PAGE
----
Some 70% of Sri Lanka’s urban population and 80% of its economic infrastructure networks are concentrated in coastal cities which are highly vulnerable to the impacts of climate change, climate experts said.
The experts say that climate change increases the country’s vulnerability to the rising of the sea-level, flooding, salination of water resources, storms, cyclones and drought. This view was expressed by experts at a workshop on Climate Resilient Action Plans for Coastal Urban Areas, a project to develop Batticaloa, Negombo and other coastal cities in Sri Lanka.
Environment Minister Anura Priyadarshana Yapa addressing that event said Sri Lanka was vulnerable to the impacts of climate change and rising sea levels and that the highly populated and urbanised coastal zone of the country will be directly affected by rising sea levels.
“Sea level rise will impact human habitation, tourism infrastructure, livelihoods, agriculture through inundation of cultivable lands and increased salinity in fresh water bodies and public utilities such as drinking water sources. Therefore urgent action is needed to enhance the resilience of the country in this regard,” the Minister said.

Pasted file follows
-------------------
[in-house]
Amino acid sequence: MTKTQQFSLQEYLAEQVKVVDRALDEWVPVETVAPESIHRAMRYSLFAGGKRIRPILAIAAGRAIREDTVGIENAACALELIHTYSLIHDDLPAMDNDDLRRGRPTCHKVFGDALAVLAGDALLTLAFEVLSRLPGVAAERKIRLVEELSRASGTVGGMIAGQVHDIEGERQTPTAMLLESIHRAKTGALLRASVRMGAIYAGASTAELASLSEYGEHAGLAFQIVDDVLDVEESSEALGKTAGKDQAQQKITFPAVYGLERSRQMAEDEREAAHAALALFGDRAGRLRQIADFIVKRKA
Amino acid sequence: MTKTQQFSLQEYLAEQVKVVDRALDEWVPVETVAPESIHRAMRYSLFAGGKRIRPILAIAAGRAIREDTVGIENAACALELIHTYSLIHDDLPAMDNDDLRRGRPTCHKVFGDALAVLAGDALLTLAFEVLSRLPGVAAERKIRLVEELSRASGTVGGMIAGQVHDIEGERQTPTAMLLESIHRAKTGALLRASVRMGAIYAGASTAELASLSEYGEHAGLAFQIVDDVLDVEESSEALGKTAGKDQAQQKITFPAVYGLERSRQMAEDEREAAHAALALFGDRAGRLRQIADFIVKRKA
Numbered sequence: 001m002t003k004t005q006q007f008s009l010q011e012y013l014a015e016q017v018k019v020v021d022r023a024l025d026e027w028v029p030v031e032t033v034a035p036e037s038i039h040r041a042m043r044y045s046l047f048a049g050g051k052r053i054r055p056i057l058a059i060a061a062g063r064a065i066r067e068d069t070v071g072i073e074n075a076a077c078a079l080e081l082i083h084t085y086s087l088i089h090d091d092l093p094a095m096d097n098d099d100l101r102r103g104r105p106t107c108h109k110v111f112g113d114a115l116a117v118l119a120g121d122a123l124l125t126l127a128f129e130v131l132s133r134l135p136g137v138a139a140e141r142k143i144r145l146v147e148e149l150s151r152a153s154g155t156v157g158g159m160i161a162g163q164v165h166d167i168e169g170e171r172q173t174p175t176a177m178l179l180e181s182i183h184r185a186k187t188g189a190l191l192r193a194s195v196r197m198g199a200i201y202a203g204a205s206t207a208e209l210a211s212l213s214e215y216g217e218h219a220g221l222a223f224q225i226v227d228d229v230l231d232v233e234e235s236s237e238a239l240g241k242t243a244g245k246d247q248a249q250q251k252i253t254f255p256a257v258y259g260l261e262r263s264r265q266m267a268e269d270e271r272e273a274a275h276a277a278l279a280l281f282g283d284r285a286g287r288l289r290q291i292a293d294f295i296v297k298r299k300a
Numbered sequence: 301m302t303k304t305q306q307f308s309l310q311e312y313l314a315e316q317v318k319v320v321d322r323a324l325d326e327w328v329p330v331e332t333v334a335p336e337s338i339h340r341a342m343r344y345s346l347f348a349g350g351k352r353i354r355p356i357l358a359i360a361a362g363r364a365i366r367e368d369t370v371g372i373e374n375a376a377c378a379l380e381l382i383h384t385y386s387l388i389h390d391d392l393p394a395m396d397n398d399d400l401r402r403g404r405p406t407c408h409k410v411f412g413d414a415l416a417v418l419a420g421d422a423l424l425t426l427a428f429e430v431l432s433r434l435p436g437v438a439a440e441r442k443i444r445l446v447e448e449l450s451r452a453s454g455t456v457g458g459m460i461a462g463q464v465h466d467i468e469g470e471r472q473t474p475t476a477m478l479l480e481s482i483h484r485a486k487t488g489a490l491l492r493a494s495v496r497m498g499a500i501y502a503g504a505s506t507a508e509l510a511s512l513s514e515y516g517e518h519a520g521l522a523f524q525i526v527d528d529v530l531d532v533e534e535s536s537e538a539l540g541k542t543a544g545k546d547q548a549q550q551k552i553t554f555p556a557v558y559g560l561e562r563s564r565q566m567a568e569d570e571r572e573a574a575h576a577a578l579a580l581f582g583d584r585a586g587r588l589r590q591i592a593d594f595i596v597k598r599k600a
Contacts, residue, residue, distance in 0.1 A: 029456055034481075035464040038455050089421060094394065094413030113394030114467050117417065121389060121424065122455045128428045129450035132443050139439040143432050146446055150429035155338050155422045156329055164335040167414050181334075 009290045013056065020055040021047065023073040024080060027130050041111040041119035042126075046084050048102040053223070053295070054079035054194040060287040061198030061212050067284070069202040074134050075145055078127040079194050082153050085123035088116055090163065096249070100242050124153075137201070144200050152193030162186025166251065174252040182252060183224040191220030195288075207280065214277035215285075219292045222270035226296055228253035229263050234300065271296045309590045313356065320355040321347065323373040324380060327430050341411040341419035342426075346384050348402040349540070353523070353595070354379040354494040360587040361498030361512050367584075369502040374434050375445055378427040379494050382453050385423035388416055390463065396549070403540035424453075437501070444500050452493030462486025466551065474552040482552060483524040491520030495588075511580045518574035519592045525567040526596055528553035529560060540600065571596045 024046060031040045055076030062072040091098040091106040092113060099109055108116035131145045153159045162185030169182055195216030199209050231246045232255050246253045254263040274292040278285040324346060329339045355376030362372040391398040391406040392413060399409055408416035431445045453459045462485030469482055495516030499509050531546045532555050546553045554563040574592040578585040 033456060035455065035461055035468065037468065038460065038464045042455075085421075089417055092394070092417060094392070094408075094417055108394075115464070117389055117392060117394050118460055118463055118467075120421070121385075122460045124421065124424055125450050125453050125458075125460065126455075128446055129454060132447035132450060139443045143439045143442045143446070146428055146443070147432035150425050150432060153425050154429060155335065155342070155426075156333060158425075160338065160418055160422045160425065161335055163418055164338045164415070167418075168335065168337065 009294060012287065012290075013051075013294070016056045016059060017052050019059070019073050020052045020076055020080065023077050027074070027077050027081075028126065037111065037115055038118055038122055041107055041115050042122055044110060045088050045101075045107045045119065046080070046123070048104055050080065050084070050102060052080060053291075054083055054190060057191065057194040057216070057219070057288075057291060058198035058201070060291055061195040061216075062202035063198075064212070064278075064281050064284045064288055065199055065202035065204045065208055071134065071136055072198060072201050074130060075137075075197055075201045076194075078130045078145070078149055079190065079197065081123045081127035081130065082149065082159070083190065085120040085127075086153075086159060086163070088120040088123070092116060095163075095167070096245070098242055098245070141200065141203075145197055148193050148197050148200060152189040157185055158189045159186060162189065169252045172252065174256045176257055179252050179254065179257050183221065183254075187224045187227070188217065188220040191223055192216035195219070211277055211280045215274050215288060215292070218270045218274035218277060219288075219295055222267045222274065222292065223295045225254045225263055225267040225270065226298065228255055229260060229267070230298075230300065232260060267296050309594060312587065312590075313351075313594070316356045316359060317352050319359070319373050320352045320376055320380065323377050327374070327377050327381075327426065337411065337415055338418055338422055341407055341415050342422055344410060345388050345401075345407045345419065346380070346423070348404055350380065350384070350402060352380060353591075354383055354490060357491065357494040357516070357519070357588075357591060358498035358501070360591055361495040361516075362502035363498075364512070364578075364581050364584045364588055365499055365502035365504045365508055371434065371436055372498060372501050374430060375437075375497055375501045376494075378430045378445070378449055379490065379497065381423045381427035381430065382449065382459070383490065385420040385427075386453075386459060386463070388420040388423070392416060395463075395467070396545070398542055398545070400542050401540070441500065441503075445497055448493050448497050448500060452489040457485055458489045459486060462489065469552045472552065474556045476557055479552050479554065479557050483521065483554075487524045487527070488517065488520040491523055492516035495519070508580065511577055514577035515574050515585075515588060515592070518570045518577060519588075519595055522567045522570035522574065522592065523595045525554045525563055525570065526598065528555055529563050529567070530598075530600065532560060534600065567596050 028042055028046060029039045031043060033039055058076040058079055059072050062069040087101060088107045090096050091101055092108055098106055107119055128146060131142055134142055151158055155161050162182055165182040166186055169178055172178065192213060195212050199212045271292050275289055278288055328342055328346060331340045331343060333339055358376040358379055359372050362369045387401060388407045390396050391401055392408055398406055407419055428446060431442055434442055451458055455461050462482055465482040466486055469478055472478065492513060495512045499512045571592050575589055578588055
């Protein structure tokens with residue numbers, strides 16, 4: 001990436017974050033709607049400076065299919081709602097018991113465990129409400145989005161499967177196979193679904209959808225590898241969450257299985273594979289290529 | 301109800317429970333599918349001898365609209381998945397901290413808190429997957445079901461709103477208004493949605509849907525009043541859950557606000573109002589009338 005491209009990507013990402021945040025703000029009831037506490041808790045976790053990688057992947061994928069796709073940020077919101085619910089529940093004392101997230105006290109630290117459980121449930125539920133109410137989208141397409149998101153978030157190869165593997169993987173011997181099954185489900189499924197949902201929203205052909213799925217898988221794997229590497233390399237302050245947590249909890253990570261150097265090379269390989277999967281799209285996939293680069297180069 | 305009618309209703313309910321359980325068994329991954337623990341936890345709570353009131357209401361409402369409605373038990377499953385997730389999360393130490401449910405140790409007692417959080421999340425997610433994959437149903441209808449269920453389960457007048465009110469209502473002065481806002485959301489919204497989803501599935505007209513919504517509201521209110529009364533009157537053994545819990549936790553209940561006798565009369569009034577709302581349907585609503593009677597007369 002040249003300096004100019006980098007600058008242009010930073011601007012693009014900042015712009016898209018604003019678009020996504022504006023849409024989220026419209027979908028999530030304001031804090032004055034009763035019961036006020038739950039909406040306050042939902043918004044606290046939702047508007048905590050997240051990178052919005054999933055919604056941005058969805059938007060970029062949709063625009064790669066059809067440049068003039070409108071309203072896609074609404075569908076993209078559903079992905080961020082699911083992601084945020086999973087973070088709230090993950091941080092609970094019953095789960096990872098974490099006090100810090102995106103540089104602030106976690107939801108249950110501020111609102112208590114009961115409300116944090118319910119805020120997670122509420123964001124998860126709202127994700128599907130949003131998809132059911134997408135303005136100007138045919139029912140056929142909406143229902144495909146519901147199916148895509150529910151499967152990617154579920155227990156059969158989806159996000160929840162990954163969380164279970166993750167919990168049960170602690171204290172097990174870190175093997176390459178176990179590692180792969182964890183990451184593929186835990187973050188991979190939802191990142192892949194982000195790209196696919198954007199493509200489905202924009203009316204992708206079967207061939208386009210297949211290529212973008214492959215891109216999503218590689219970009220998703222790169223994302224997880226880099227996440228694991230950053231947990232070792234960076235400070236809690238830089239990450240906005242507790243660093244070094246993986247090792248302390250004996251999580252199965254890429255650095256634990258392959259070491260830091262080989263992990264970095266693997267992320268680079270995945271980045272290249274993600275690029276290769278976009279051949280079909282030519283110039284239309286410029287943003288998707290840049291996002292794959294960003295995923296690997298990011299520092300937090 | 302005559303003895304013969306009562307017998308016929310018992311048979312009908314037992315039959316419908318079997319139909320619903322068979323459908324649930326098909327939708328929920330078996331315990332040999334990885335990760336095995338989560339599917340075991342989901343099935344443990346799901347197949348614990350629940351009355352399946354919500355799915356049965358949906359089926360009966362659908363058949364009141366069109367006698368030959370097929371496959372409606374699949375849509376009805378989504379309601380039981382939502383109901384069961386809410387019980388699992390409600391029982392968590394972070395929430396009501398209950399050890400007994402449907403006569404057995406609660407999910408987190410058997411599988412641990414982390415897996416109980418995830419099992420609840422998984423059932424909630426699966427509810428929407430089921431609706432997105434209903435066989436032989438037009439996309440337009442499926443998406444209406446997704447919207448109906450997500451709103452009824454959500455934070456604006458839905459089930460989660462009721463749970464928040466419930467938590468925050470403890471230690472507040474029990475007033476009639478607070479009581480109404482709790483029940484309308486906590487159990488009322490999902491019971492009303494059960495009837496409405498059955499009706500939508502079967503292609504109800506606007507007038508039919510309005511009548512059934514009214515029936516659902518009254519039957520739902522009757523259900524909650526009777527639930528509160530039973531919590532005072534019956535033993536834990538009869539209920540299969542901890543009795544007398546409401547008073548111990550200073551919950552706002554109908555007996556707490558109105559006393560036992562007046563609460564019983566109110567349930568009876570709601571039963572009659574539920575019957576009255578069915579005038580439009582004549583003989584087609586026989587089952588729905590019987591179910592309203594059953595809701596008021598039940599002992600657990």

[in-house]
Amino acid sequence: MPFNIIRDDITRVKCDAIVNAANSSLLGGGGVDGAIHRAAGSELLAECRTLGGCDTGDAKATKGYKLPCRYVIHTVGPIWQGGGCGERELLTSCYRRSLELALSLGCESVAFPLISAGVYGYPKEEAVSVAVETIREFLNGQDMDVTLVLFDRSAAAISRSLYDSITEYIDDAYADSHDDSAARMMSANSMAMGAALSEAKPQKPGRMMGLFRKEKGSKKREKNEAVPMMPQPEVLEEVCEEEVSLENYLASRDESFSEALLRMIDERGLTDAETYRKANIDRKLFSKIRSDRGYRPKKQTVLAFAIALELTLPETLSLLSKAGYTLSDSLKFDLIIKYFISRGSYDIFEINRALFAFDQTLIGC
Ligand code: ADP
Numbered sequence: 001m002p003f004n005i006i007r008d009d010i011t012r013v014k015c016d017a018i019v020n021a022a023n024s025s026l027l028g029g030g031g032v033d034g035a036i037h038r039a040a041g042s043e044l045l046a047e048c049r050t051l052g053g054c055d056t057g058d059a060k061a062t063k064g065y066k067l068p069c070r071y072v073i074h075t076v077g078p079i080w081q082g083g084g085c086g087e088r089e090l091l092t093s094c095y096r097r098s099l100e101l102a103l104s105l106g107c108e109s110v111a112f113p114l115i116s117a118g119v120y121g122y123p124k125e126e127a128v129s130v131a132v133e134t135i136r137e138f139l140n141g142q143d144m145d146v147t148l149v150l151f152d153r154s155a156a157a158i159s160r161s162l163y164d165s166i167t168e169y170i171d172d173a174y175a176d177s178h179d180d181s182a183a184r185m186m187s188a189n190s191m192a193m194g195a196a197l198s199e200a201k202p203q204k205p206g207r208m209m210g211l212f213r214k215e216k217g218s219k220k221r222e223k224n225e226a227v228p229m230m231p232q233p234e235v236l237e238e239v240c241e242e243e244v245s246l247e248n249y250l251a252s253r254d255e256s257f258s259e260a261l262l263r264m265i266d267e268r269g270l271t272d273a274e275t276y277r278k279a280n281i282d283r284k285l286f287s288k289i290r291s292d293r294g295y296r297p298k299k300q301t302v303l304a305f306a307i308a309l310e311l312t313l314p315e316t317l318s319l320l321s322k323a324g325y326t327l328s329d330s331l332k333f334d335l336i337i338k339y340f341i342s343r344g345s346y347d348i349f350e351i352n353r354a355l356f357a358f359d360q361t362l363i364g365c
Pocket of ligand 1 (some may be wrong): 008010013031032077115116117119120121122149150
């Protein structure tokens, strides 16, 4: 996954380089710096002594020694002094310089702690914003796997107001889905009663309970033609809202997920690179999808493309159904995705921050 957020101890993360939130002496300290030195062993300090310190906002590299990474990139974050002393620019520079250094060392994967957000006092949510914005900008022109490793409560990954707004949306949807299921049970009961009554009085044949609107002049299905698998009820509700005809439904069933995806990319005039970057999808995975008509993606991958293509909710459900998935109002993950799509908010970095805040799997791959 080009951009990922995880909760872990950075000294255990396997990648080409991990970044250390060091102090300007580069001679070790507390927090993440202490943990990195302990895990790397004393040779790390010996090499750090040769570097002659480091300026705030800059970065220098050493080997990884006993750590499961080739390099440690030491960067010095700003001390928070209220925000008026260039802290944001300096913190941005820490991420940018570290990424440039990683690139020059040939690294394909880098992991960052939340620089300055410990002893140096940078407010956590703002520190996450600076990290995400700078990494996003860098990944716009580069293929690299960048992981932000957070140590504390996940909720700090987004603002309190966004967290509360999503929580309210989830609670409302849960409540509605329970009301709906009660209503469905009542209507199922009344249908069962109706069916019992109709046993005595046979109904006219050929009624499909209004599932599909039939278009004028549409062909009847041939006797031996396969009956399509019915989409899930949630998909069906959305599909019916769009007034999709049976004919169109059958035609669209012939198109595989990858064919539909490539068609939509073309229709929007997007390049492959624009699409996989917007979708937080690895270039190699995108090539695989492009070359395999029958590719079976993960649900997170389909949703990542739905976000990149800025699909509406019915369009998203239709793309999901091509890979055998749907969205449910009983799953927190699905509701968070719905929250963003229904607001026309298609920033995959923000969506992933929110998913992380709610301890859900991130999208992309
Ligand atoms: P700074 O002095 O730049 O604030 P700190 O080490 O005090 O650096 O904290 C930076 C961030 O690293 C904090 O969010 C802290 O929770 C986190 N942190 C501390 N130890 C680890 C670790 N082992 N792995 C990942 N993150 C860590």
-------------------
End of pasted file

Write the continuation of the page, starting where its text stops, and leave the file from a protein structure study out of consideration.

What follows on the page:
Prof. P. K. S. Mahanama, Dean, Faculty of Architecture of the University of Moratuwa said that the coastal cities of Batticaloa and Negombo have been particularly vulnerable to climate related natural disasters during the last few decades.
He said that in the last 100 years Batticaloa had experienced floods between 2009-2010. “This resulted in the loss of property and life while significantly damaging the coastal tourism industry. Some 15-20% of the population in the Batticoloa and Negombo Municipal Councils are vulnerable to the rising of the sea-level in 2040,” he said.
According to UN-HABITAT these impacts affect the urban poor. In the past 40 years daily temperature has increased from 0.4 to 0.5 Celsius. They said there has also been an increase in rainfall and minor floods.
The Batticaloa Municipal Council recorded an increase of 28% and a 34% increase in the Negombo Municipal Council.
The project was initiated by the Norwegian Institute for Water Research (NIVA), University of Moratuwa, United Nations Human Settlements Programme (UN-HABITAT), the Batticaloa Municipal Council (BMC), the Negombo Municipal Council (NMC) and the Environment Ministry. (Olindhi Jayasundere)